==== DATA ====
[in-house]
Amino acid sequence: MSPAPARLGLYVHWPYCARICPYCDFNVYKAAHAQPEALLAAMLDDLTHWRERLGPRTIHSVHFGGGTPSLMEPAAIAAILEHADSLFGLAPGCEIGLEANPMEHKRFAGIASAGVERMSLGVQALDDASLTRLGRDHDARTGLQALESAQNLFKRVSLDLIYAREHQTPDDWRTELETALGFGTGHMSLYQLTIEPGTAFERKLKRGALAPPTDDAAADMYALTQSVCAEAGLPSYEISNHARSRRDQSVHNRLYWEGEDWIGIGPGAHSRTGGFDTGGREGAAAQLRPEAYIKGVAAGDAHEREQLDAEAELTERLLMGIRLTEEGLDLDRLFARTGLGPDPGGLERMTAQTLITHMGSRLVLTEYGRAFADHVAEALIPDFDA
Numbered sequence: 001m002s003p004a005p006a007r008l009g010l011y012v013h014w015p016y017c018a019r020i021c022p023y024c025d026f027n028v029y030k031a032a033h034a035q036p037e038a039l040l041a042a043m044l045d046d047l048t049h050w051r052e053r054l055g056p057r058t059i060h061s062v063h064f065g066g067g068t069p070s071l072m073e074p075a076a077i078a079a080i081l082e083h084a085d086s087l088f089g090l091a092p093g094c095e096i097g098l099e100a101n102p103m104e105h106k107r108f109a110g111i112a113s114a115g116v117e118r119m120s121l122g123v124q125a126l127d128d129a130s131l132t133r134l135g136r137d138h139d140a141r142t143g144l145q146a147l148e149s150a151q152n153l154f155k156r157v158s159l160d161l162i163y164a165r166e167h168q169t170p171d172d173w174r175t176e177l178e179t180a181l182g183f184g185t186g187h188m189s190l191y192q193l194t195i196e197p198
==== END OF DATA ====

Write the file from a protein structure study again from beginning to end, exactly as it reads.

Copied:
[in-house]
Amino acid sequence: MSPAPARLGLYVHWPYCARICPYCDFNVYKAAHAQPEALLAAMLDDLTHWRERLGPRTIHSVHFGGGTPSLMEPAAIAAILEHADSLFGLAPGCEIGLEANPMEHKRFAGIASAGVERMSLGVQALDDASLTRLGRDHDARTGLQALESAQNLFKRVSLDLIYAREHQTPDDWRTELETALGFGTGHMSLYQLTIEPGTAFERKLKRGALAPPTDDAAADMYALTQSVCAEAGLPSYEISNHARSRRDQSVHNRLYWEGEDWIGIGPGAHSRTGGFDTGGREGAAAQLRPEAYIKGVAAGDAHEREQLDAEAELTERLLMGIRLTEEGLDLDRLFARTGLGPDPGGLERMTAQTLITHMGSRLVLTEYGRAFADHVAEALIPDFDA
Numbered sequence: 001m002s003p004a005p006a007r008l009g010l011y012v013h014w015p016y017c018a019r020i021c022p023y024c025d026f027n028v029y030k031a032a033h034a035q036p037e038a039l040l041a042a043m044l045d046d047l048t049h050w051r052e053r054l055g056p057r058t059i060h061s062v063h064f065g066g067g068t069p070s071l072m073e074p075a076a077i078a079a080i081l082e083h084a085d086s087l088f089g090l091a092p093g094c095e096i097g098l099e100a101n102p103m104e105h106k107r108f109a110g111i112a113s114a115g116v117e118r119m120s121l122g123v124q125a126l127d128d129a130s131l132t133r134l135g136r137d138h139d140a141r142t143g144l145q146a147l148e149s150a151q152n153l154f155k156r157v158s159l160d161l162i163y164a165r166e167h168q169t170p171d172d173w174r175t176e177l178e179t180a181l182g183f184g185t186g187h188m189s190l191y192q193l194t195i196e197p198